Mitochondrial myopathies are a group of neuromuscular disorders that result from defects in the function of the mitochondrion, a small organelle located inside many cells that are responsible for fulfilling energy requirements of the tissue. These structures serve as "power plants" and are particularly important for providing energy for both muscle and brain function due to the large requirement for energy in these tissues.
People affected with one of these disorders usually have muscle symptoms such as weakness, breathlessness, exercise intolerance, heart failure, dementia, stroke-like symptoms, deafness, blindness, seizures, heavy eyelids or eye problems, and/or vomiting. Originally, mitochondrial myopathies were recognized based solely on clinical findings. Currently, there are genetic explanations that provide additional information that is usually consistent with the clinical diagnosis and can, in some cases, help determine the long-term prognosis. Mitochondrial myopathies can also result as secondary effects from other diseases.
The following disorders are the most common mitochondrial myopathies, including:
- NARP: neuropathy, ataxia and retinitis pigmentosa
- KS: Kearns-Sayre syndrome
- Leigh's syndrome
- PEO: progressive external ophthalmoplegia
- MILS: maternally inherited Leigh's syndrome
- MELAS: mitochondrial encephalomyopathy, lactic acidosis, and strokelike episodes
- MERFF: myoclonus epilepsy with ragged-red fibers
- Pearson syndrome
- MNGIE: mitochondrial neurogastrointestinal encephalopathy
- LHON: Leber hereditary optic neuropathy
The initial disease-causing or disease-related (pathogenic) alterations in mitochondrial DNA (mtDNA) were first identified in the early 1990s. Currently, more than 50 different single-base pathogenic mutations in the mtDNA sequence and more than 100 different pathogenic rearrangements within the genome have been identified. These include large deletions or duplications in the mtDNA sequence of bases. With the high mutation rate, it would seem that the prevalence of mitochondrial myopathies would be high; however, mitochondrial myopathies are relatively rare, having an incidence of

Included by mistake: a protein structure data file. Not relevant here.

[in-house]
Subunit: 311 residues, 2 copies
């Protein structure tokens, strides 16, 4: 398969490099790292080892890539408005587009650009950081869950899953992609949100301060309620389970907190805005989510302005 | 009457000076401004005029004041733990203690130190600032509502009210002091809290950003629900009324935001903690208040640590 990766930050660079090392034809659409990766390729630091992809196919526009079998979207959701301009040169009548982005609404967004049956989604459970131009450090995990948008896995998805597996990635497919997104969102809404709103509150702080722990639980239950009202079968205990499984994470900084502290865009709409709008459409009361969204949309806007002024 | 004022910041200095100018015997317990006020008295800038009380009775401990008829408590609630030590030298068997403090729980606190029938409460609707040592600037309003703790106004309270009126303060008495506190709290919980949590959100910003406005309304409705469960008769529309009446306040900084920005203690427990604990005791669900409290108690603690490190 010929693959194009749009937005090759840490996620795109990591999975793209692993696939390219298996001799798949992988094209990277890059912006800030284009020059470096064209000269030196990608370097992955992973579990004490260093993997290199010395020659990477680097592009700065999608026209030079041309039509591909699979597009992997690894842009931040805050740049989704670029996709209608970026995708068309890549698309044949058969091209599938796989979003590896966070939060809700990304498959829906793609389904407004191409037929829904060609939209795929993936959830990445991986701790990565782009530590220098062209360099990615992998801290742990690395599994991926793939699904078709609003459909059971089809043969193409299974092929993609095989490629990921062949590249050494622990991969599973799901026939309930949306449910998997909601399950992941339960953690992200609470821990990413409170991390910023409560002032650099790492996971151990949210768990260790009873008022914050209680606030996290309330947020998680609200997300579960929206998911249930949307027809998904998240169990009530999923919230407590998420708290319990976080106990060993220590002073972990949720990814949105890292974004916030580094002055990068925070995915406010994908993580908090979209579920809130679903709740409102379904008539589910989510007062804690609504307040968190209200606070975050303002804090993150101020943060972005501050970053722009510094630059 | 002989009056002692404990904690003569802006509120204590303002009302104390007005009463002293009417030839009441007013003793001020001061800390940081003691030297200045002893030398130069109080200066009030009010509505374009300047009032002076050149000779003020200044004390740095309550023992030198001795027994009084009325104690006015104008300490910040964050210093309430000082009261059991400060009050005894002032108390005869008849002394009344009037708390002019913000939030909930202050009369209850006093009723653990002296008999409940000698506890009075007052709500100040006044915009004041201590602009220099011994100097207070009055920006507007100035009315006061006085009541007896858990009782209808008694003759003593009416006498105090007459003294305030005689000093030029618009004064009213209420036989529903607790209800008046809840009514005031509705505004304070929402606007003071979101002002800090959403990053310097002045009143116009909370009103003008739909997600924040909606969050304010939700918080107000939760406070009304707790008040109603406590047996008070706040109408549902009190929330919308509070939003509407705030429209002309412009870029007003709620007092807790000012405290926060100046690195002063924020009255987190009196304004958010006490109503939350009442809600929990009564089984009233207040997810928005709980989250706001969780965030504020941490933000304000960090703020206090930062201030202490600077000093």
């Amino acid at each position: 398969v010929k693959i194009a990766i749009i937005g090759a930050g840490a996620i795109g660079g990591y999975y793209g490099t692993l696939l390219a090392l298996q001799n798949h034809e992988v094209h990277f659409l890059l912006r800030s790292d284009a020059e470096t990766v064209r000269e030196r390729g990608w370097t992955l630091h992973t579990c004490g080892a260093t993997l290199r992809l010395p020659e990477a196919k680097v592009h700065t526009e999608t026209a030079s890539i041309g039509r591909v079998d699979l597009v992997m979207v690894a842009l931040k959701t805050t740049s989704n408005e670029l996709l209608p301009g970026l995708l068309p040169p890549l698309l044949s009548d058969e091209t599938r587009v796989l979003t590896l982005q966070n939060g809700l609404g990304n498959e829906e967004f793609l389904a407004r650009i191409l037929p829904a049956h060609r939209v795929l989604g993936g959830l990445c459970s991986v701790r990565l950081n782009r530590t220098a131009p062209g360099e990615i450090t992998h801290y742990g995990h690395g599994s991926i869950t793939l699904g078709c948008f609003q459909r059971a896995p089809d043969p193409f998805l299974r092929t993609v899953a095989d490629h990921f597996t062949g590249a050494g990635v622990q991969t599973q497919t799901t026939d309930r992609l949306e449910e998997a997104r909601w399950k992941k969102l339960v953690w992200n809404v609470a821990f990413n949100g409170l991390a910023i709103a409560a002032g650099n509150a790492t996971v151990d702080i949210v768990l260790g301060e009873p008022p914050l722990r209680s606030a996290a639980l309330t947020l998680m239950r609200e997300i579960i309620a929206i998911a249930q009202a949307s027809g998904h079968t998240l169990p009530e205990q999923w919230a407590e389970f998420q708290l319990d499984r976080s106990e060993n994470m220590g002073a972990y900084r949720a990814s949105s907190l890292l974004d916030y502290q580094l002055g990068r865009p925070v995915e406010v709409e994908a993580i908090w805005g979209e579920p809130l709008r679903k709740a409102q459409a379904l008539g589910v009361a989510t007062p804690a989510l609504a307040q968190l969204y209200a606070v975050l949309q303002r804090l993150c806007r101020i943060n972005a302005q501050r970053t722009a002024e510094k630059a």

approximately six out of every 100,000 individuals to as high as 16 out of 100,000 individuals. But there is evidence that, as part of the normal aging process, the accumulation of mtDNA mutations leads to neurological changes and abnormalities such as hearing loss or diabetes, which are normally considered to be associated with aging.
Causes and symptoms
In most cases, the primary defect in mitochondrial myopathies results from mutations in important genes that determine (encode) the structure of proteins that function in the mitochondria. Mutations can be found in DNA from the nucleus of the cell. This DNA is known as nuclear DNA, which is the DNA that most people consider with respect to human genetic diseases, but DNA is also found in the mitochondrial genome. Mitochondrial myopathies can be caused by defects in nuclear and mitochondrial DNA.
Mitochondrial DNA (mtDNA) is much smaller than nuclear DNA (nDNA). Nuclear DNA has approximately 3.9 billion base pairs in its entire sequence; mtDNA has only 16,500 pairs. Although mtDNA is much smaller in size, each cell contains anywhere from 2–100 mitochondria, and each mitochondria has 5–10 copies of its genome.
Unlike nDNA that is twisted into a double helix, mtDNA has a circular structure. Mitochondrial DNA also has a high mutation rate, almost 20 times that of the nDNA. All of these factors are important in understanding the role of mtDNA mutations in the development of inherited or other mitochondrial myopathies.
A unique feature of mtDNA is that out of the more than 1,000 mtDNA genomes within the cell, a new mutation in one of the mtDNA genomes can be replicated each time the cell divides, thus increasing the number of defective mtDNA genomes. Because the distribution of the newly replicated mtDNA into the two daughter cells is random, one of the daughter cells may contain mtDNA that is not mutated (a condition referred to as homo-plasmy), while the other daughter cell inherits both mutation genomes (known as heteroplasmy, or a mixture of mutated and normal genomes). Knowing the percentage of heteroplasmy for different mutations is often helpful in determining whether the disorder will manifest symptoms, as well as how severe they might be. As a result of the heteroplasmic nature of mitochondrial myopathies, the range of symptoms and severity of symptoms is often highly variable.